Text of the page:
We will do our best to make your digital files print as you expect regardless of how they are prepared. The following information should help you prepare digital files successfully. These suggestions will also help save money on individual jobs, keep our prices low, and keep your project on schedule.
Be sure to proofread your job before sending it to us, checking your copy carefully for spelling, grammar, and content accuracy. If we are providing a proof, please review it carefully.
For all external products, Public Relations provides free editorial services, as well as a final proofreading before your job goes to print.
When submitting a file, provide the name of the file to be printed and the name and version of the software used to create the file.
Always send a printout of your file when submitting your job.
Be sure to create your files with the same page size as the finished printed piece.
Choose appropriate software to create your job. Use a page layout program like Illustrator or InDesign to create your work. If you are using Microsoft programs such as Word or PowerPoint, save your files as pdf to make your files usable.
Provide all of the original art files along with the page layout file. Always place art in the file in a manner that will create a link to the original art, rather than pasting art into your file. Do not store or embed images into InDesign or Illustrator. Supply all embedded tiffs and linked EPS for Illustrator and Freehand files.
Use proper image resolution. The DPI should always be two times the LPI times the percentage placed. For example, if the LPI is 150, the DPI should be 300 when placed at 100 percent.
Do not attempt to increase the resolution of an image in Photoshop. This will give you false resolution and may print substandard quality.
A rotated or skewed image within a picture box can cause a distortion of image quality. We recommend you rotate your image in the application in which it was created.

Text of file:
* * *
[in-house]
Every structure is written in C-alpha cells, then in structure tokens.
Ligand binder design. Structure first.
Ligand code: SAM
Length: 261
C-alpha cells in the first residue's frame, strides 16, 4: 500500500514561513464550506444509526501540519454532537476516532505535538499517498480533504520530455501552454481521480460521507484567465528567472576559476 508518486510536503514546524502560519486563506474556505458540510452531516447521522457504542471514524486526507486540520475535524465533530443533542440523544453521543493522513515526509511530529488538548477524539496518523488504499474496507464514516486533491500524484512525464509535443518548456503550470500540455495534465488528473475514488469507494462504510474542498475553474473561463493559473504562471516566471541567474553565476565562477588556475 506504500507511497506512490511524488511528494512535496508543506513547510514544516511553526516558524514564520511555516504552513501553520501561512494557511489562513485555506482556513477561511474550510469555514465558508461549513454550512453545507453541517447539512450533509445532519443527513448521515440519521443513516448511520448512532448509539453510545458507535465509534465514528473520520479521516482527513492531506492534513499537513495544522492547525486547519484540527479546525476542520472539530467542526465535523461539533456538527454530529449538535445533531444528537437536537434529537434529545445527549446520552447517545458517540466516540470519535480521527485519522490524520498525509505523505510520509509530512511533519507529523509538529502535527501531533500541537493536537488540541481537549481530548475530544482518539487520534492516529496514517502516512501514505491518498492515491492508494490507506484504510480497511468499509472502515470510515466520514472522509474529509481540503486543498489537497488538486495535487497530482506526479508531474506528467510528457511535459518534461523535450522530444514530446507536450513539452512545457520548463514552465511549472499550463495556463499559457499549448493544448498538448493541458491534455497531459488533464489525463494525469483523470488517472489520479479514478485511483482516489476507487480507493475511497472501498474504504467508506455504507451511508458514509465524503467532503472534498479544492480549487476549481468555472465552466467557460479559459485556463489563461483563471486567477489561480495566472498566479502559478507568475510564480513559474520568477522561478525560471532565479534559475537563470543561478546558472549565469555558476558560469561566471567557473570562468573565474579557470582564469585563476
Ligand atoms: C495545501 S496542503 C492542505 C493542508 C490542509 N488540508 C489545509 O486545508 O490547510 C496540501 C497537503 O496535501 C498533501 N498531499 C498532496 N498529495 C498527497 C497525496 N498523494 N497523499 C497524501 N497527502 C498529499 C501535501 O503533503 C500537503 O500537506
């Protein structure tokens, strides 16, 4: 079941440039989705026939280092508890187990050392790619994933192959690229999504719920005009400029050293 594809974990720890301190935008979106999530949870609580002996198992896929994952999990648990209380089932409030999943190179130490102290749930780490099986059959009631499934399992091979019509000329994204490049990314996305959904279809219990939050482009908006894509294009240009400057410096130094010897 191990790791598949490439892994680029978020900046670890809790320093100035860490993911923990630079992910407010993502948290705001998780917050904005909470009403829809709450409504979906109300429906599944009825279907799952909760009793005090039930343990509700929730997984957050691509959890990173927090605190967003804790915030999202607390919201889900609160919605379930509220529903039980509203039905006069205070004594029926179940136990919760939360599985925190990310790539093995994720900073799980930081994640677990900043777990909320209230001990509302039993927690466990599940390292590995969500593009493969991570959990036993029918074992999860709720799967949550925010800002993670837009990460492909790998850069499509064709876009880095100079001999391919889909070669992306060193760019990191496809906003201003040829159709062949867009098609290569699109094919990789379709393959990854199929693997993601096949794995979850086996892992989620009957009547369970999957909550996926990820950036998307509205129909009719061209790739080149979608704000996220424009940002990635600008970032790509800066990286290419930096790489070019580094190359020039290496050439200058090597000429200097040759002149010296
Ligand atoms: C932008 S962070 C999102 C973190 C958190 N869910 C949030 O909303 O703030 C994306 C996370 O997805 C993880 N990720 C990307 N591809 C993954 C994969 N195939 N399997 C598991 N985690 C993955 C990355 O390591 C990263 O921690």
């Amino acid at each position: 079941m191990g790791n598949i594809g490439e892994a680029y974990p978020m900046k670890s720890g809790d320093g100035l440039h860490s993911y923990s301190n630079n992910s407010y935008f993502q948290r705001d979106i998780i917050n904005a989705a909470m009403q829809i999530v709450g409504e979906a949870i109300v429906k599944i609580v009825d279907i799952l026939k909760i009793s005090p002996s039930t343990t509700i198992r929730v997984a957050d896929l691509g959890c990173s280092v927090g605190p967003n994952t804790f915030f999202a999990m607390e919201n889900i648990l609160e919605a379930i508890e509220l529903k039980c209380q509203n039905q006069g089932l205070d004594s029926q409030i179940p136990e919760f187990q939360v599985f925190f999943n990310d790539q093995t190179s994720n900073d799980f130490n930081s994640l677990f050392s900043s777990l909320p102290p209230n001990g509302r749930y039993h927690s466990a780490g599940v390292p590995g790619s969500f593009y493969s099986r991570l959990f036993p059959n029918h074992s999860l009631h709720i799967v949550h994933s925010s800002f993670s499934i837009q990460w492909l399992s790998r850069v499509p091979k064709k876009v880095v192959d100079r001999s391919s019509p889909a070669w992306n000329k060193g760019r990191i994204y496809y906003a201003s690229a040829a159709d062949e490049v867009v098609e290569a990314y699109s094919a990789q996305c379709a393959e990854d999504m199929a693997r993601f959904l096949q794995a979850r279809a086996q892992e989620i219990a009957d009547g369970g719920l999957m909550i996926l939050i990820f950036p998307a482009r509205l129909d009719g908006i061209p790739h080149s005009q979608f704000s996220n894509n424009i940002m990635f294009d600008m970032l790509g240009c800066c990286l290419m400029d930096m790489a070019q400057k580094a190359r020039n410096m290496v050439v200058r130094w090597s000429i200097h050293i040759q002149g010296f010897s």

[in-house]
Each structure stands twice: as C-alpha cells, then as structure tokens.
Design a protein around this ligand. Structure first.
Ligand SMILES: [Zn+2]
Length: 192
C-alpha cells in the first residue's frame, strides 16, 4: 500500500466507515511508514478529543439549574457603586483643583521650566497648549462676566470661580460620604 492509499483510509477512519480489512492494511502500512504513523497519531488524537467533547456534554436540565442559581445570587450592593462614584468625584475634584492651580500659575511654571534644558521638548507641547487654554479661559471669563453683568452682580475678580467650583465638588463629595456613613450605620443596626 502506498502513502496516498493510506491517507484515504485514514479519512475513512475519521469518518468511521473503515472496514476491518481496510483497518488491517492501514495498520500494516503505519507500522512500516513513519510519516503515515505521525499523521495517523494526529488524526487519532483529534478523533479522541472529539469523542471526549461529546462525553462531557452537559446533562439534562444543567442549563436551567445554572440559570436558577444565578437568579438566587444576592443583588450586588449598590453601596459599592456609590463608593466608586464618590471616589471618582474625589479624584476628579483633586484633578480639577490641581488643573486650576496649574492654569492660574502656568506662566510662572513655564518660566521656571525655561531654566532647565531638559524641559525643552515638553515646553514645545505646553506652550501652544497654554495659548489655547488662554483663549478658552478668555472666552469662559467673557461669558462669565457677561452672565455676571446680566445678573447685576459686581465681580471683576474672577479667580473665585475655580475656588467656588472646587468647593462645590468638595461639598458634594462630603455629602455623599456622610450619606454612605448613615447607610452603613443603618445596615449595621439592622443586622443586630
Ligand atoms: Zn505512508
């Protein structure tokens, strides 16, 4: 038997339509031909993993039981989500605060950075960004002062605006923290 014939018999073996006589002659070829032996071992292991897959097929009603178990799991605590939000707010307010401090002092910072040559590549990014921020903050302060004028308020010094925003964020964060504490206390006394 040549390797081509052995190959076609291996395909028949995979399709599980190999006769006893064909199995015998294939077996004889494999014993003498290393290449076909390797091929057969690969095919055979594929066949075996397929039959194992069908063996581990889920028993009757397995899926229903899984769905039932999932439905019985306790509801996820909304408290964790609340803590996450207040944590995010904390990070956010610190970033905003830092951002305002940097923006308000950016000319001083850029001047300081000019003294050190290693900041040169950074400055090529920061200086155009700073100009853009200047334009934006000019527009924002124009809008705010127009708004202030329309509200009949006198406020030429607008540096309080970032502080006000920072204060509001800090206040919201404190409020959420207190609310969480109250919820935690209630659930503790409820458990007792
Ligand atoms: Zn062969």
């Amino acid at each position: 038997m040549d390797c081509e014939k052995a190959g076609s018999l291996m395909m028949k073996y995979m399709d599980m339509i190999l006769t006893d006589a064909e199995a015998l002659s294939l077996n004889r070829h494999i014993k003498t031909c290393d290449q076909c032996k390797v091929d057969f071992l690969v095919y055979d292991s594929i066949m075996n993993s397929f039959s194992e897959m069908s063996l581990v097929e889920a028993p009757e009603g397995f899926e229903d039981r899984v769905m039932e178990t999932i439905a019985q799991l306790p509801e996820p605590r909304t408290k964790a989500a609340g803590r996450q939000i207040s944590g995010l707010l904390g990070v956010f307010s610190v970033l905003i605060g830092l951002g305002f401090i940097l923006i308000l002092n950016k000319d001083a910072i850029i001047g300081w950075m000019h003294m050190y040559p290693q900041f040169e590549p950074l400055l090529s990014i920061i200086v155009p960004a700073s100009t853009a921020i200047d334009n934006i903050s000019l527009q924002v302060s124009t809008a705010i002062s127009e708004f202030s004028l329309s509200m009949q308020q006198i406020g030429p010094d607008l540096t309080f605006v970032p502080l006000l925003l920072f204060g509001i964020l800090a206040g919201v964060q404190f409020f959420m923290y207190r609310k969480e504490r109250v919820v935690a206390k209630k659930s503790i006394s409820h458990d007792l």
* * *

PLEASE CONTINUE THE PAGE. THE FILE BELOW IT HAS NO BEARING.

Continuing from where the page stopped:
Save scans as TIFF format as much as possible. Outlines and duotones in Photoshop can only be saved as EPS files. Do not use Index Color or JPEG files. Images must be in CMYK mode for four color process printing. Convert RGB or Lab files to CMYK.
Please include all fonts used in the document, including fonts used in working files. Include screen fonts with all corresponding printer fonts. It is generally accepted that mixing fonts on a page (using Type 1 along with TrueType) can cause unexpected results. We recommend using only Type 1 fonts.
Avoid styling text with the application's Style Bar. This is generally not a problem if the font supports the style and a printer font exists.
Most fonts named after cities, such as Geneva or Chicago, are commonly TrueType fonts and should be avoided. If you use Multi Master fonts that have been edited, the complete set of fonts must be supplied in order to achieve the desired type attribute.
Non Adobe fonts
Mixing various types of fonts on a page can lead to unwanted or unexpected output problems. These issues can be avoided by creating your document using corporation fonts, such as Adobe.
Use the same color in your file that will be used in printing. For example, if you want Pantone 200 ink, do not use "red", use PMS 200. Confirm that all Pantone colors have corresponding tags, i.e., CV, CVU, CVC. For example, if a file is assigned Pantone 282 CV and another file is Pantone 282 CVC, two separate plates will be output.
Remove all unused colors.
RGB colors will work for digital color copying.